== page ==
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I have some raised beds that I use for vegetable gardening. I don't put any fertilizers or pesticides and I grow all vegetables from seeds. Lately I have been thinking of purchasing young vegetable plants from a big box store to do winter vegetable gardening and planting them in the same raised beds. I would only plant the seedling and throw away the soil that comes with it. I realize the produce will not be organic but any other downside I am missing. Note that I am growing for personal use only and not a strict organic consumer.

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  • J. Start looking for labels and asking the dang employees whether or not the plants you want to purchase are NON-GMO. That is the big thing. The biggest thing. Pretty soon it will be impossible to get NON-GMO seed or purchase vegetables declared to be NON-GMO. The Organic or Natural label is often abused. Don't accept plants from friends. To get Sclerotinia sclerotinorum...or white mold is a death Knell for your plants. But RARE. You'll be fine if you use starts that are in fluffy potting soil. And as long as you have an outside garden...no problemo.
    – stormy
    Dec 4 '16 at 21:36
  • I edited the title - 'inorganic' means inert or lifeless (as in gravel for instance)
    – Bamboo
    Dec 5 '16 at 1:03
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Really all plants are organic (and by the way also few fertilisers and pesticides). The definition is about using product produces (by humans) with chemical synthesis.

On your garden, you know how you produce things, so you don't need any label (and strict rules).

For health, I don't think it matter so much: existing part of seedlings will be a tiny part of yield.

Anyway I would discard flowers and fruits, and possible I'll mark the leaves, so that I'll not eat the existing leaves.

Organic fertilisers and fungii affect much more the consumer health. For the first, try not to over-fertilize (manure tend to concentrate minerals and metals, and few metals are good for plant, too much could be toxic). For the fungii: I assume you don't harvest with machines, so you will see and discard bad fruits.

So it is more about ethics and personal choice.

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  • Giacomo, nice answer. Heavy metals don't hurt plants (I think) but they do accumulate in some plants if heavy metals are in the soil. Heavy metals in our vegetables is not good for us humans. My fav mulch is human shit + sawdust and completely decomposed. It is beautiful, plants and soil life LOVE this stuff. The ONLY problem are heavy metals so I'd never use it for mulch near stuff I want to eat. Lately I've been hearing tap water has a higher percentage of heavy metals than this 'miracle' mulch. There are vegetables such as Kale the are big time accumulators of heavy metals.
    – stormy
    Dec 4 '16 at 19:22
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I think you are a bit too far into the purist spectrum? All plants need additional fertilizer. A natural ecosystem is where all the plants are part of the system and over time all nutrients are actually in the plants. When those plants die they are then decomposed and the chemicals are released back into the ecosystem to be immediately taken up into the live plant material and micro/macro organisms that are part of the ecosystem.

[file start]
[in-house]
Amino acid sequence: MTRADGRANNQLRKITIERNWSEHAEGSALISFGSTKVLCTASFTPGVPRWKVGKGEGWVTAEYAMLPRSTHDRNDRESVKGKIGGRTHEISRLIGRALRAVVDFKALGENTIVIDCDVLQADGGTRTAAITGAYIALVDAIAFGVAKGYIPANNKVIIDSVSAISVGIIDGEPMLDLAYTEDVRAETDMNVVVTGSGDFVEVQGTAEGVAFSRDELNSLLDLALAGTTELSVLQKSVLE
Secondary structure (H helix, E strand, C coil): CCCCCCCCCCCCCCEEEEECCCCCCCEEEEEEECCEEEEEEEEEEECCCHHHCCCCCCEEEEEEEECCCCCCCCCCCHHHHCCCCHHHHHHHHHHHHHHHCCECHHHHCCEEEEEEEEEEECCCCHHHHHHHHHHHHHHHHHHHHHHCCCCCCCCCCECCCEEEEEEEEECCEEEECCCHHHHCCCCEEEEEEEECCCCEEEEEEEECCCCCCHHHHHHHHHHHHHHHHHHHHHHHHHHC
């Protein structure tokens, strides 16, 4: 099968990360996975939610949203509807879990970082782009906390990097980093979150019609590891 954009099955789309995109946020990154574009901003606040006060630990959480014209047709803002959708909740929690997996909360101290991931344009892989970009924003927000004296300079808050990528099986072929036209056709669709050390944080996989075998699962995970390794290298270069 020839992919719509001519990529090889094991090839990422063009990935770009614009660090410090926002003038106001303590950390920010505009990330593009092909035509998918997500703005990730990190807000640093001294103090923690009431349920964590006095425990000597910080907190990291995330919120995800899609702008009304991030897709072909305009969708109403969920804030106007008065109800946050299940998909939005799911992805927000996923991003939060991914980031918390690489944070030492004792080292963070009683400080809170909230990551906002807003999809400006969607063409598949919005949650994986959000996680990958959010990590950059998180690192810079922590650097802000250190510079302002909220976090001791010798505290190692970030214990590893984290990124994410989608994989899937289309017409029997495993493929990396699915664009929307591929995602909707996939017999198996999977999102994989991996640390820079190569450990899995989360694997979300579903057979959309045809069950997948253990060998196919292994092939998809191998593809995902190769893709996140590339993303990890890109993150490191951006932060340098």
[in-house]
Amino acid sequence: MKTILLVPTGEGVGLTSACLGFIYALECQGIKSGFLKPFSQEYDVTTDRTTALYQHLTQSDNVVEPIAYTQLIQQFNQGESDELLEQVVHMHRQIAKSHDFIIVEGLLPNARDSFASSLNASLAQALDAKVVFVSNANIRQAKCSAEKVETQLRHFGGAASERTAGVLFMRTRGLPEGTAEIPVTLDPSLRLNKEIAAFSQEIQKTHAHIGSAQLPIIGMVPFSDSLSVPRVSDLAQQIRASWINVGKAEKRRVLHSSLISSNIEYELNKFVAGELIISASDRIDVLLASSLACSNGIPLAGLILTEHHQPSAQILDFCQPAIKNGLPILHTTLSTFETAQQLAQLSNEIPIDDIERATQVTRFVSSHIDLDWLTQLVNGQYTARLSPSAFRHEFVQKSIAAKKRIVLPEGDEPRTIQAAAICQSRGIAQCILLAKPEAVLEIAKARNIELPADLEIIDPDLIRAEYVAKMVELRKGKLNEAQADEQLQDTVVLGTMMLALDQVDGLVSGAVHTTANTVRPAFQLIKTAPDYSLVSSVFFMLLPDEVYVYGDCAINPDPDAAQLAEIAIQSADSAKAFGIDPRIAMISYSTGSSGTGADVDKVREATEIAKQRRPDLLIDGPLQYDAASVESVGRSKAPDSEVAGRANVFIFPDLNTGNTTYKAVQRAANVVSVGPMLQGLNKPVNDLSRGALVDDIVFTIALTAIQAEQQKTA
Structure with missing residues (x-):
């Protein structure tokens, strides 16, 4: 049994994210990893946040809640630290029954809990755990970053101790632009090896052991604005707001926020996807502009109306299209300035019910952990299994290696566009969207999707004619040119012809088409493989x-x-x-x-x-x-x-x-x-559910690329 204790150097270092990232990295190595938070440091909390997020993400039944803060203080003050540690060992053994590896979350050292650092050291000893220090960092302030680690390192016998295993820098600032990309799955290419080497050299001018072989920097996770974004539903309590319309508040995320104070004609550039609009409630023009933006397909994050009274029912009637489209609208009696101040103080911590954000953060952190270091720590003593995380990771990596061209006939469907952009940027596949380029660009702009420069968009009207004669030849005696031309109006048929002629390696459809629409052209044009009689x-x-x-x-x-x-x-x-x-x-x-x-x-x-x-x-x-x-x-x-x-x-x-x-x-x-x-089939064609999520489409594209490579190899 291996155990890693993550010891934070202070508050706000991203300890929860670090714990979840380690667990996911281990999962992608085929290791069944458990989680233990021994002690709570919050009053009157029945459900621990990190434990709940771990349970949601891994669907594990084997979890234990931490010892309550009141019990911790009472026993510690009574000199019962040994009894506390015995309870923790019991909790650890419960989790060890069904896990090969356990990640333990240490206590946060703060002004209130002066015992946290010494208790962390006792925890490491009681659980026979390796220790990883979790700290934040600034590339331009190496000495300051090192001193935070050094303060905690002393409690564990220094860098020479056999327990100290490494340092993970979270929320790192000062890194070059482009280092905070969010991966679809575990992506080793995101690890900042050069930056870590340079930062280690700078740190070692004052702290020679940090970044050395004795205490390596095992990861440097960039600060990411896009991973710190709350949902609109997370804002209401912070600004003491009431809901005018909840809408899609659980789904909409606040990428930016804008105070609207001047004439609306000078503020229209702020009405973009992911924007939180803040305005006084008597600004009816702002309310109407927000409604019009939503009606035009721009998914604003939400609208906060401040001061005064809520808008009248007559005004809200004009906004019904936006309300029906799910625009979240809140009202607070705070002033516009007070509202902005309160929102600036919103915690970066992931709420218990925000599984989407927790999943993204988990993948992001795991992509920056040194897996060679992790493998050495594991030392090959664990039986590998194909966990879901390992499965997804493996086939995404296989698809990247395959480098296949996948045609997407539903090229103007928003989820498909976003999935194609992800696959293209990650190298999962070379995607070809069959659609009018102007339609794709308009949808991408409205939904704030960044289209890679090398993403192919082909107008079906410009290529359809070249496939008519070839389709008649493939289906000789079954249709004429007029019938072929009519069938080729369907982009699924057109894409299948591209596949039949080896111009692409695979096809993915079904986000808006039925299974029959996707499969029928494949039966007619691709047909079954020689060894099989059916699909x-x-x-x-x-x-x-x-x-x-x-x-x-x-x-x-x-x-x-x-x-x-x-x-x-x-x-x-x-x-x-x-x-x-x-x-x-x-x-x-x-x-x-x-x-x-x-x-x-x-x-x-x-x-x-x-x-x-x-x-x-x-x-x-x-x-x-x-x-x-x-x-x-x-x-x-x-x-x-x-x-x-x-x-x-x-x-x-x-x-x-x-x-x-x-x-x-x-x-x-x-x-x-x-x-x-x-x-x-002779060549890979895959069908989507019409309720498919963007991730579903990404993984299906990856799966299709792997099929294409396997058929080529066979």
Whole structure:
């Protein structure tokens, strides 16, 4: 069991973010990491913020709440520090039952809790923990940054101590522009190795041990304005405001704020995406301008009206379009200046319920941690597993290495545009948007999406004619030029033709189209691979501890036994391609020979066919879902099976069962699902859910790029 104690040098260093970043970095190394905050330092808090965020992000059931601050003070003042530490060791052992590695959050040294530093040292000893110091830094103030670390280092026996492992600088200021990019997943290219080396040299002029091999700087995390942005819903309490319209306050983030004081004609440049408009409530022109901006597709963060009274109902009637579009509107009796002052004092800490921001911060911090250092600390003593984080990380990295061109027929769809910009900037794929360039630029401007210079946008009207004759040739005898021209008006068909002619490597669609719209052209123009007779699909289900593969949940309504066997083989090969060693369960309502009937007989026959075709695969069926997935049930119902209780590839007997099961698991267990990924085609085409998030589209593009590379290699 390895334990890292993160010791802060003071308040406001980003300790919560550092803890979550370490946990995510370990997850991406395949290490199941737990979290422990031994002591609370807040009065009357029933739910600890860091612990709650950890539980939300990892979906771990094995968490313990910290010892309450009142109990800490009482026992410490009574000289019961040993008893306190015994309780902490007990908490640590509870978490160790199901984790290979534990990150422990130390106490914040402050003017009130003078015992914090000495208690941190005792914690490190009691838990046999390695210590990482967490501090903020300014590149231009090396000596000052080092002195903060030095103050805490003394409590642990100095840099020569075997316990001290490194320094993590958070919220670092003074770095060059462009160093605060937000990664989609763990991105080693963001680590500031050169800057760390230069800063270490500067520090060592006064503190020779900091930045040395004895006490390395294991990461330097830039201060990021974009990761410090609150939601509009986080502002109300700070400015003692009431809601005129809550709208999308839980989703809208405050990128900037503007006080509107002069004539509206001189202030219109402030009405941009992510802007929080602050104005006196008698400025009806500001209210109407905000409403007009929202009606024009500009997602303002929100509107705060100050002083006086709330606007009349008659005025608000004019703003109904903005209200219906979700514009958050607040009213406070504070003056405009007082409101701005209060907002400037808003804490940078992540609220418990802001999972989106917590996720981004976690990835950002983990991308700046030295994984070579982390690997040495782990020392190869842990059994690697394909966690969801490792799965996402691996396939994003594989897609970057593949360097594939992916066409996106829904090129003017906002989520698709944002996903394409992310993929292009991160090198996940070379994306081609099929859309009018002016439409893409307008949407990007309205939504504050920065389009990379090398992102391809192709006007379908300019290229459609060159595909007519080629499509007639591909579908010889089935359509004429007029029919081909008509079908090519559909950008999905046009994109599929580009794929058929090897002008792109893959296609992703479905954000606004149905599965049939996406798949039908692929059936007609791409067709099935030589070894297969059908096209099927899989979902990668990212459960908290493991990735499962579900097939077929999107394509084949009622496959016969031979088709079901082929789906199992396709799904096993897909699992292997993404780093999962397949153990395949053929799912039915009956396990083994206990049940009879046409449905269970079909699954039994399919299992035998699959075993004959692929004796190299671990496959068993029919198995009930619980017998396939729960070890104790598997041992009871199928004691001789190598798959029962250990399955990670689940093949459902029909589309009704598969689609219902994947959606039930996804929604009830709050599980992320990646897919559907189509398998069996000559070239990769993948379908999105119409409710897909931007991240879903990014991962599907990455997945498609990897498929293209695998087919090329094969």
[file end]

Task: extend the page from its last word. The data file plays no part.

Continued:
Our gardens, plants in pots, rely on us humans to replace chemicals those plants need that were mostly stripped away during construction. Fertilizer is not pesticide. All pesticides aren't all BAD. All pesticides include herbicides. Pesticides/herbicides are BANDAIDS for problems we humans made. When we get better we know how to prevent ever using pesticides...well, almost. When we mix milk and water 1:9 and spray plants for powdery mildew...THAT IS a pesticide (fungicide). Soap and water is a pesticide. Scissors and cutting slugs in half at night is also a pesticide.

More importantly one should know the pH of the soil and what the plants we want to thrive in that soil love that pH.

I assume this is not a greenhouse/hermetically sealed environment. Raised beds are great (there isn't concrete or gravel below that soil, yes)? If these beds are garden soil over concrete or gravel...we need to talk. If you've made raised beds over concrete I hope you've used sterilized soil.

If you were trying to grow in a greenhouse we might be talking about foreign soils/plants/problems being introduced. But we are not. Do not throw the soil away. Starts you purchase are always done in sterilized potting soil. There can be problems when bringing purchased plants into the garden even an outdoor one but usually that is when we bring starts home from our friend's homes/gardens.

Do begin to imagine how you will rotate your 'crops' the next year. Do add decomposed organic matter whenever you are able, just to the top of the beds. It will be mixed for you by the organisms coming up out of the soil to eat the decomposed organic matter. They then go back into the soil profile and poop it out mixing this decomposed organic matter into the soil without you spending any calories! Be vigilant to see problems before they become a problem. In every sense gardening is organic, flexible, complex yet simple.

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  • And I forgot to add if you are thinking growing via seed is a good thing YES it is BUT, you have to make dang sure NON-GMO is on that package. If not don't buy it!!
    – stormy
    Dec 4 '16 at 21:29

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